February 2019: After a roller-coaster ride of negotiations, Congress passed a $1.4 trillion year-end budget bill, which the President signed into law in December 2019. The bill included several tax provisions in addition to appropriations. While HTC advocates were hopeful there would be a grand deal on tax issues, negotiations among Congressional leaders and the White House broke down in mid-December, forcing the parties to settle for a smaller “skinny tax” agreement.
Had a “fatter” agreement been a possibility, many community development advocates would have desired the inclusion of “technical corrections” for the Tax Cuts and Jobs Act of 2017. HTC advocates were poised to push forward provisions of the Historic Tax Credit Growth and Opportunity Act (HTC-GO) to be included in a larger negotiated package. In the end, no grand deal was struck. The agreement repealed 3 Affordable Care Act tax provisions (Cadillac tax, the health insurance tax, and medical device tax), extended the Bio-Diesel and Short-line Railroad credits through 2022, and funded dozens of expired tax extenders provisions through 2020, including many tax extenders that were set to expire in 2019, such as the New Markets Tax Credit (one-year, $5 billion in allocation authority). The final bill also included a California wildfire disaster allocation for Low-Income Housing Tax Credits.
This smaller tax deal will temporarily relieve some of the pressure on Congress to address the most pressing tax issues, but with growing frustration on technical corrections and the 1-year tax extenders expiring again in 11 months, the stage is set for another year-end tax bill, likely after the elections.
In 2020, HTC advocates will have the opportunity to gain co-sponsorship and strengthen support for HTC-GO to positively position the bill for a year-end tax bill.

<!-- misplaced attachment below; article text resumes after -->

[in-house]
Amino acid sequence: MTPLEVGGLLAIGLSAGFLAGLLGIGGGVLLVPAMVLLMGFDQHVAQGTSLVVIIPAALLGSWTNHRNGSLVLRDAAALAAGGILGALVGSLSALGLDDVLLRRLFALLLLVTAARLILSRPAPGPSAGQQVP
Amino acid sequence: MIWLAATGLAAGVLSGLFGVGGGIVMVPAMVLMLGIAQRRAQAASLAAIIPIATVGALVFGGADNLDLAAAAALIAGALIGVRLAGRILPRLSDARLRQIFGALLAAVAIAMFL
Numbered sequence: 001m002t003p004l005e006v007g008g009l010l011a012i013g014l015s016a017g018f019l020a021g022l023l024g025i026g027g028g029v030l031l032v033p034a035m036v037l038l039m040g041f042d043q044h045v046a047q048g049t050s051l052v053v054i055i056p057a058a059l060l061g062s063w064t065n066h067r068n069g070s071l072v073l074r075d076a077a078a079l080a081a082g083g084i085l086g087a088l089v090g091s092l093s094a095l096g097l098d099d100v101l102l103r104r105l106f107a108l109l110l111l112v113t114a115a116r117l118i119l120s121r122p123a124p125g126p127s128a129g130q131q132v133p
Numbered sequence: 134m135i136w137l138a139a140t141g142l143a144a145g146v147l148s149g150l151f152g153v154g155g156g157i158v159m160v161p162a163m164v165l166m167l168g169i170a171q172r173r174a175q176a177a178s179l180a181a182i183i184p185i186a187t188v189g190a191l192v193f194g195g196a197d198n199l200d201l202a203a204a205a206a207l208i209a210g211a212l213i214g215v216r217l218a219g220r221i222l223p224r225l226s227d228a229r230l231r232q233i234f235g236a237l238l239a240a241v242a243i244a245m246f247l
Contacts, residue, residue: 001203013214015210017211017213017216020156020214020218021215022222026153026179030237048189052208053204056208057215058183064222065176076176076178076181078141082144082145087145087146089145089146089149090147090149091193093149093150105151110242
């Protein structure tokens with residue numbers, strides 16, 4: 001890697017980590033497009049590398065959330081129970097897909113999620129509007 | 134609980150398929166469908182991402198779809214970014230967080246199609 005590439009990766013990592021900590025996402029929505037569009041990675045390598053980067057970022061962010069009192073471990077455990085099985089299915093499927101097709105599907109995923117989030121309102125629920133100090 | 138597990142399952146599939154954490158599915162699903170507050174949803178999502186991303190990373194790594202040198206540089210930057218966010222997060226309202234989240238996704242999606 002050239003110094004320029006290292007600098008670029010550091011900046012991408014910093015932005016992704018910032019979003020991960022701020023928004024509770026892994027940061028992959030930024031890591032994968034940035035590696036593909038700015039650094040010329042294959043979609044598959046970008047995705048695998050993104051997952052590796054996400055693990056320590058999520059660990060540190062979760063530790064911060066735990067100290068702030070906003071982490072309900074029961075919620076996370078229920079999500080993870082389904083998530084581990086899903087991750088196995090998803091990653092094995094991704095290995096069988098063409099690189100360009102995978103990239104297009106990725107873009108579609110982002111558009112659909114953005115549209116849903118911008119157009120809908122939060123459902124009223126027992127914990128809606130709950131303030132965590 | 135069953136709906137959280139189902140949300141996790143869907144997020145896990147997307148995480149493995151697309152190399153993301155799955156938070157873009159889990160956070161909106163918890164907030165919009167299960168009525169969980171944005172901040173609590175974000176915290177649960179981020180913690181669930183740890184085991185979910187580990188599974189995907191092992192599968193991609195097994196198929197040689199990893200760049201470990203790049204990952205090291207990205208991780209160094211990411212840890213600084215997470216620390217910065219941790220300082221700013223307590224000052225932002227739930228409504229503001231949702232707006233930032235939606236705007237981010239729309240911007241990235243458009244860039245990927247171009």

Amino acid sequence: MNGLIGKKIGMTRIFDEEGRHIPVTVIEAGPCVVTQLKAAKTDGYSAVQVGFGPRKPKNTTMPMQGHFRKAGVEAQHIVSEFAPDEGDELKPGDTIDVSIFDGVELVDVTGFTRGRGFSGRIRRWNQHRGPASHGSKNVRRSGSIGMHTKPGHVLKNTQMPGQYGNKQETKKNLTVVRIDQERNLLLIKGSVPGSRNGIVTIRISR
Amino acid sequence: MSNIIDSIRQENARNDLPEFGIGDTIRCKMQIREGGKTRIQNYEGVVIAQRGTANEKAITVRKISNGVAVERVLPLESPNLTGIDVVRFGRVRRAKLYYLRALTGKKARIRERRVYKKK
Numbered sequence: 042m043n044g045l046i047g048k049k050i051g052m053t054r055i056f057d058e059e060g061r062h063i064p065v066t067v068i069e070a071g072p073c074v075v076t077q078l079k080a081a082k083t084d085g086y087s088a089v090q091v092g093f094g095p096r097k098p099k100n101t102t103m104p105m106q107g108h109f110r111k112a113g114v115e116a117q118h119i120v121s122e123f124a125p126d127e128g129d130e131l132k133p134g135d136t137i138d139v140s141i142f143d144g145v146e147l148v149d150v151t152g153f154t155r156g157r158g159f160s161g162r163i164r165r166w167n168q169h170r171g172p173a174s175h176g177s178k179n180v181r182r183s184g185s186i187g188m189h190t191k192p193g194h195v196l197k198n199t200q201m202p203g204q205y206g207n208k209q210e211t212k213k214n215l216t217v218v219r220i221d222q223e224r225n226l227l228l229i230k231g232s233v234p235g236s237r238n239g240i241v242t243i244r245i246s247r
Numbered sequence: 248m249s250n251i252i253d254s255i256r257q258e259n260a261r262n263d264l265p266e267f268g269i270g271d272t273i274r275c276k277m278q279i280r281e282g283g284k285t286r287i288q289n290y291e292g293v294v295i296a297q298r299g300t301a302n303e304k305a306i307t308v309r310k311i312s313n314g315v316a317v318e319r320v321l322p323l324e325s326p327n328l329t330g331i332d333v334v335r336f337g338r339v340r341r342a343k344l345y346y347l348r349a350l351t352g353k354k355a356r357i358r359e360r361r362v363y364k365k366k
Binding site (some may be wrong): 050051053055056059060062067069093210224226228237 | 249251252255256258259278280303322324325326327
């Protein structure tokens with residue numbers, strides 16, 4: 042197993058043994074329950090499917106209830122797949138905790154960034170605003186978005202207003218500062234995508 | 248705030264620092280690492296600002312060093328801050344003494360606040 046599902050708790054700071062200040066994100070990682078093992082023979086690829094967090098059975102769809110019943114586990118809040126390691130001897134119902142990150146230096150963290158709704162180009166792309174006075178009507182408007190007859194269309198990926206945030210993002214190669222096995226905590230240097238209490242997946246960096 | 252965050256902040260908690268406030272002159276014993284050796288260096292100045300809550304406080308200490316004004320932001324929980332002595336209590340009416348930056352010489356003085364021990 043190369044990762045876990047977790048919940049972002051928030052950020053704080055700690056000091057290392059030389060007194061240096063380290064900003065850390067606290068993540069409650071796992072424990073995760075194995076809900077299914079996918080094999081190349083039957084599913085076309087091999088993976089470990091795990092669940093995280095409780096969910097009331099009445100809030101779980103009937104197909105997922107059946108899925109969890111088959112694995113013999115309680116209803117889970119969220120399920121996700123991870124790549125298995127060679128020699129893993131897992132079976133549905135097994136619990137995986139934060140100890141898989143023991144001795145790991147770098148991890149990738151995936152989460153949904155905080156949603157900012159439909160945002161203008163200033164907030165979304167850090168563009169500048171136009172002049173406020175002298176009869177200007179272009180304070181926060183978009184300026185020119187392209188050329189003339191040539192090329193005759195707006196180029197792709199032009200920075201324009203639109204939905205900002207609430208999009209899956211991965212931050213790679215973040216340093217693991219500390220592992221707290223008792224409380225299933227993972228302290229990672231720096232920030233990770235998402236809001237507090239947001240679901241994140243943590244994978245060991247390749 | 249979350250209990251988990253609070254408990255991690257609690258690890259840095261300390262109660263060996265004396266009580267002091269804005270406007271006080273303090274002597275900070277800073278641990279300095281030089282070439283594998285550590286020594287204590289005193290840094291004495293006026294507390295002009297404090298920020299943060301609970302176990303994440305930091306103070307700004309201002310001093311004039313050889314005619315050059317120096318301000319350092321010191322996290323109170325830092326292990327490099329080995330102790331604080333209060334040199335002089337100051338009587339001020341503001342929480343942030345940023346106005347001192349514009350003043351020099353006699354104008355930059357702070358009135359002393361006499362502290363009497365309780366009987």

Senator Cassidy (R-LA), Senator Cardin (D-MD), Senator Collins (R-ME) and Senator Cantwell (D-WA) introduced the Senate version of the HTC-GO (S. 2615) last October and the legislation presently has 9 Senators signed on as cosponsors. The similar House version of HTC-GO (H.R. 2825), introduced last May by Rep. Blumenauer (D-OR) Rep. LaHood (R-IL), Rep. Sewell, (D-AL), and Rep. Kelly (R-PA), presently has 63 cosponsors.
Key provisions of the bill:
- Increasing the credit from 20 to 30 percent for projects with rehabilitation expenses of less than $2.5 million;
- Making it easier to meet the substantial rehabilitation test;
- Creating greater flexibility for nonprofit organizations to access HTC benefits; and
- Eliminating the HTC basis adjustment requirement which will bring more value to all HTC projects by increasing the basis of rehabilitated historic buildings for building owners and eliminating the so-called 50(d) rules.
- The House bill has an additional provision that would allow for HTCs to be transferred through a certificate for small transactions less than $2.5 million.
Please ask your Senators and House Representative to Co-sponsor the Historic Tax Credit Growth and Opportunity Act (H.R. 2825/S. 2615).
- Call the Capitol Switchboard at 202-225-3121 and ask to be connected to offices to DC Congressional offices.
- To locate the names and phone numbers of your Senators, click HERE
- To locate the names and phone number of your House Representative, click HERE
- Call (during office hours) House and Senate offices, identify yourself as a constituent and ask to speak with tax staff or ask for the email address of tax staff.
HTC Project Maps, Fact Sheets and Summaries
NPS Economic Impact of the Federal Historic Tax Credit for FY 2018
For questions or assistance related to HTC advocacy please contact:
Michael Phillips email@example.com
Shaw Sprague firstname.lastname@example.org
Renee Kuhlman email@example.com